The initial idea was to let her open one door every evening and the picture would show the next day’s activity or event. It would teach time as well as bring a surprise every evening. But the moment I revealed it to her she wanted to open all the windows and got upset when I wouldn’t let her. So now I let her open any door she wants, and every evening we discuss the picture of the next day.

Amie’s countdown calendar, August/Sept 2008 (c) Katrien Vander Straeten

We also discuss the day that has passed, and on the back of the door I write whatever has happened that isn’t in the picture. This way, if we can keep these calendars going, we will have a record of our days.

Amie, Laura and i blow out candles, 2008 (c) Katrien Vander Straeten

This was Amie’s birthday, on the 18th. Amie was my own birthday present three years ago, so those were my candles as well. And one of our best friends, Tia Tata (which is what Amie calls her), was also born on the 18th, in the same year as me. Tia Tata was our roommate for a while before we moved out of town – unfortunately she couldn’t join us. So we all joined forces. For weeks Amie had practiced blowing out candles and looking very important while the birthday song was being sung, and this was the great moment. She enjoyed it thoroughly. In the evening she said: “All my big friends were here, and my little friends also came!”

Amie has always been interested in recognizing letters, and she has been able to write her name for many months, but it was more an exercise in memory than real writing. She can analyze the first and the last sounds in a word, but not the ones in between yet, unless it is an easy word like “Mama”. Yesterday we were drawing with chalk on our driveway when, she spontaneously wrote out “Mama”.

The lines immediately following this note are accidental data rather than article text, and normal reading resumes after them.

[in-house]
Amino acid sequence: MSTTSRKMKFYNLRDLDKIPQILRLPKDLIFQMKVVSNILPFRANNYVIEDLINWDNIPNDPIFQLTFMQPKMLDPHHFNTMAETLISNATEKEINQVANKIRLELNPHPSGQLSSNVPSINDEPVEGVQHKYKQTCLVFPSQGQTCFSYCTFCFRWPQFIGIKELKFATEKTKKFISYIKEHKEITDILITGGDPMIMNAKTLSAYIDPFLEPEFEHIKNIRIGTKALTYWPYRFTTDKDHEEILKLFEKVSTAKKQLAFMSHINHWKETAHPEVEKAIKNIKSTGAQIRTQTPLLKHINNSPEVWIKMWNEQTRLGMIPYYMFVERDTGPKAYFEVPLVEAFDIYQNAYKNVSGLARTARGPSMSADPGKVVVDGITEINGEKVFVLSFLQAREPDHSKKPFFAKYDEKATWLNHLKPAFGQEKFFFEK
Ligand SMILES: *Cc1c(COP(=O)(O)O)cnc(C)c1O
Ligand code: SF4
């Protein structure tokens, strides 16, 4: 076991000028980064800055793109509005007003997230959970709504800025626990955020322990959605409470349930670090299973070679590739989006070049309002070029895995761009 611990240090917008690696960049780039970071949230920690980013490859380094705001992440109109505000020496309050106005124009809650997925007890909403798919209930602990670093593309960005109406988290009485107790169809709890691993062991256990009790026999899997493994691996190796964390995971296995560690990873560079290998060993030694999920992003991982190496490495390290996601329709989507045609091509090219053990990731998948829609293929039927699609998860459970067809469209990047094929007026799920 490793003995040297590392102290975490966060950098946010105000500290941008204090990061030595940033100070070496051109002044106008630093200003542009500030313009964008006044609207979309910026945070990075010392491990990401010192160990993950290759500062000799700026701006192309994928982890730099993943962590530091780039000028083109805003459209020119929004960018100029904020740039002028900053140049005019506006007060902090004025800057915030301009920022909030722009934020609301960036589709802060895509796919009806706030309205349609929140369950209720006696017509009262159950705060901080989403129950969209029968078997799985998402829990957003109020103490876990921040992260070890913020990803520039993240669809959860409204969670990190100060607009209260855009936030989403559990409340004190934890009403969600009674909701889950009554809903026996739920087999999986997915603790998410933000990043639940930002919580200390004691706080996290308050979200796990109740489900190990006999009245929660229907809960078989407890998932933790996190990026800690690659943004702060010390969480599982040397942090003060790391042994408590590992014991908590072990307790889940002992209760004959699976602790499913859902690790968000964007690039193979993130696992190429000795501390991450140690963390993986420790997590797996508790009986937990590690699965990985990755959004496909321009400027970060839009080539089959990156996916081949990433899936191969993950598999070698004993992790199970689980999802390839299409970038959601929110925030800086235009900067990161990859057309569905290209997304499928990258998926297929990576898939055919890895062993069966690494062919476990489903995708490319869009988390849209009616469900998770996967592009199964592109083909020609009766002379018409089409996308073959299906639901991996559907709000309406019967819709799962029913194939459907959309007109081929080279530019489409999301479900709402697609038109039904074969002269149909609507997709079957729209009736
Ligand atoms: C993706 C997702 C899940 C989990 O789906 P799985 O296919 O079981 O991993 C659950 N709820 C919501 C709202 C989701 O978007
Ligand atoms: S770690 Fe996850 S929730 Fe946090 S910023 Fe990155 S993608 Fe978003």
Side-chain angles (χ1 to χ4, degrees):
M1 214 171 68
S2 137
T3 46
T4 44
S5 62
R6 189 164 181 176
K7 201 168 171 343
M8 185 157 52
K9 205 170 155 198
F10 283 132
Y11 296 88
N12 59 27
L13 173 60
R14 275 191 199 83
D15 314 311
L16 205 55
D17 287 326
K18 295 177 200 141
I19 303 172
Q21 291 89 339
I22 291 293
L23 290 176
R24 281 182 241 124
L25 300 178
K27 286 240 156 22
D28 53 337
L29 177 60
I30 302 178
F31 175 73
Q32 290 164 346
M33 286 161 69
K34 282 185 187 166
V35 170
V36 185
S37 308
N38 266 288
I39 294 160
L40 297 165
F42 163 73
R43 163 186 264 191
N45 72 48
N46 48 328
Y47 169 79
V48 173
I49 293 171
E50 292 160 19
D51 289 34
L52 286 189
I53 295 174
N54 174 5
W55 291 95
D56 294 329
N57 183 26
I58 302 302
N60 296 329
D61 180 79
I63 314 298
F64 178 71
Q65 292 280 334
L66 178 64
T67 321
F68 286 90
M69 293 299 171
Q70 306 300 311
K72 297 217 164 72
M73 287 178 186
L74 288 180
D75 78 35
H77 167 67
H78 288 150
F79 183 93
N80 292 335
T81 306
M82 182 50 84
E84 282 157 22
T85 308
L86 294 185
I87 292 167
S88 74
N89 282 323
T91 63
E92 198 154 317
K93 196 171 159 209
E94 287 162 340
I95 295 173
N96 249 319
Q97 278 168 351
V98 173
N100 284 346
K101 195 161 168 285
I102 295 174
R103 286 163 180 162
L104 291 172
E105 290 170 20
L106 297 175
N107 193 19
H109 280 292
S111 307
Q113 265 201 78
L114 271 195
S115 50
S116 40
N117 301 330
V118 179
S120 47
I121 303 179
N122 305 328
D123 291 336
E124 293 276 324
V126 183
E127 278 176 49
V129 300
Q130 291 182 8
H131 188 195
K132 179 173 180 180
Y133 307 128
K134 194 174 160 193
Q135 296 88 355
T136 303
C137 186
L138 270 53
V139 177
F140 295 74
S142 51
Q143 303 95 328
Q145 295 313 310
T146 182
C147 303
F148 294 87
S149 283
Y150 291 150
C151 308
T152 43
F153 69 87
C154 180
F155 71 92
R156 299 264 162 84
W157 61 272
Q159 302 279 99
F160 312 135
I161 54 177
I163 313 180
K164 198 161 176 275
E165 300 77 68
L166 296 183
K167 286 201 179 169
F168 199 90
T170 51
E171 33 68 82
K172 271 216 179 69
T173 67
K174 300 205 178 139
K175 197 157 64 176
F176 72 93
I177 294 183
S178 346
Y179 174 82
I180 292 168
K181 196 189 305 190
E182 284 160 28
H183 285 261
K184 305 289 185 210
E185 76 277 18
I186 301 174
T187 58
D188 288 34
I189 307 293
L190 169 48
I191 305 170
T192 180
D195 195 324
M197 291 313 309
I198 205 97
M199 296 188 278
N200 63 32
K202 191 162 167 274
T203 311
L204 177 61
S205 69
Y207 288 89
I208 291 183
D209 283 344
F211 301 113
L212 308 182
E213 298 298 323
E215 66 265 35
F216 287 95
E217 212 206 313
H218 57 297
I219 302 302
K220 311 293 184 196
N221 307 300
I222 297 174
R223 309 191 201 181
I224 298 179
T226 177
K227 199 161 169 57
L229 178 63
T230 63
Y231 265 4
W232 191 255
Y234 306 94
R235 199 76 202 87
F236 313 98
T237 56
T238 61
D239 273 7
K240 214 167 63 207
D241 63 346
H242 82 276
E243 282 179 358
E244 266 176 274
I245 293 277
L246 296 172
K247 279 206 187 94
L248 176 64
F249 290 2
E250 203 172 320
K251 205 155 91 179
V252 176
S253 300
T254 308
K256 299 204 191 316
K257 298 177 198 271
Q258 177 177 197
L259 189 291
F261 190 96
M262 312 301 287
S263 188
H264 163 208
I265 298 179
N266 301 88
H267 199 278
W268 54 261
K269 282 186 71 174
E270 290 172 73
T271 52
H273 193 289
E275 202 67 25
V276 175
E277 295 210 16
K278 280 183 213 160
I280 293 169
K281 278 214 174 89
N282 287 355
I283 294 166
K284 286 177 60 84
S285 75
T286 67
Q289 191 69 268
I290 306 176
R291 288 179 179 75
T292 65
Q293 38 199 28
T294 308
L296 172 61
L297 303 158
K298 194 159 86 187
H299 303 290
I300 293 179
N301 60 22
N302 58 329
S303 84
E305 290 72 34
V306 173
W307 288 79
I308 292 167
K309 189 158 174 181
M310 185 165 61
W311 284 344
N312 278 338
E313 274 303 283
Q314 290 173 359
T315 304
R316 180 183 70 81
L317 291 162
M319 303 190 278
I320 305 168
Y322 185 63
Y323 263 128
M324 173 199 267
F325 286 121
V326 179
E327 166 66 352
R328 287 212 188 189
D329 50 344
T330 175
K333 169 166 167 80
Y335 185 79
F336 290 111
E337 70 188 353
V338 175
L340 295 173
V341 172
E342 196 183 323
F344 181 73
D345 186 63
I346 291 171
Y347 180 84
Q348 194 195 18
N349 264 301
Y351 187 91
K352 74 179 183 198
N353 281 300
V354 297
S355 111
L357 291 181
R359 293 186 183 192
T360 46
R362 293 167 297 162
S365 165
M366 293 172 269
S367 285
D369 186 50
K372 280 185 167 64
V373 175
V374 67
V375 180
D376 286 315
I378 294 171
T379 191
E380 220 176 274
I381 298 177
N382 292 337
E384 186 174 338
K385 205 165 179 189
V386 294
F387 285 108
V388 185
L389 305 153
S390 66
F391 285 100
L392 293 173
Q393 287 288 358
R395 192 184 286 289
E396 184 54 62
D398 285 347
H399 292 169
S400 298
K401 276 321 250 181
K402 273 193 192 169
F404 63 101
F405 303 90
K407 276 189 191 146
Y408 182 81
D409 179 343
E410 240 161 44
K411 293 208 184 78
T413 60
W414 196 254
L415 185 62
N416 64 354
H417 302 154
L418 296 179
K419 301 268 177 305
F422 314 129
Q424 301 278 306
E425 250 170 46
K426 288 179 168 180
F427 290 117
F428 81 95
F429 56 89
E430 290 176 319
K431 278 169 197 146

Amie writes “Mama”, August 2008 (c) Katrien Vander Straeten

Then she asked to learn more letters. I taught her the easier ones: from E she can make L and F, for instance. The most difficult one was B,which she wanted because she wanted to write “Boo” (her favorite character from “Monsters, Inc.”). She turned B into a stick with two circles. Then I asked her to write “Moo” too, and she did:

Amie writes “Moo”, August 2008 (c) Katrien Vander Straeten

She also wanted to write “Pig”. P was easy after B, but the G was too difficult, so I shower her the small g. This was her first attempt:

Amie writes “B”, August 2008 (c) Katrien Vander Straeten

Then the next attempt:

Amie writes “Pig”, August 2008 (c) Katrien Vander Straeten

I know I’m not being consistent with the large and small case letters, and that really one should start children off on the small case ones. But that’s how writing develops in the organic (chaotic) context of our home. But she’ll be starting preschool on the eighth. She’ll be going to a Montessori school, so I’m relieved there will be some professional help with her new enthusiasm.

She also drew this:

Amie’s dead bunny rabbit, august 08 (c) Katrien Vander Straeten

Yes, it really is  a “dead bunny rabbit [oops, my misspelling], not a real one!”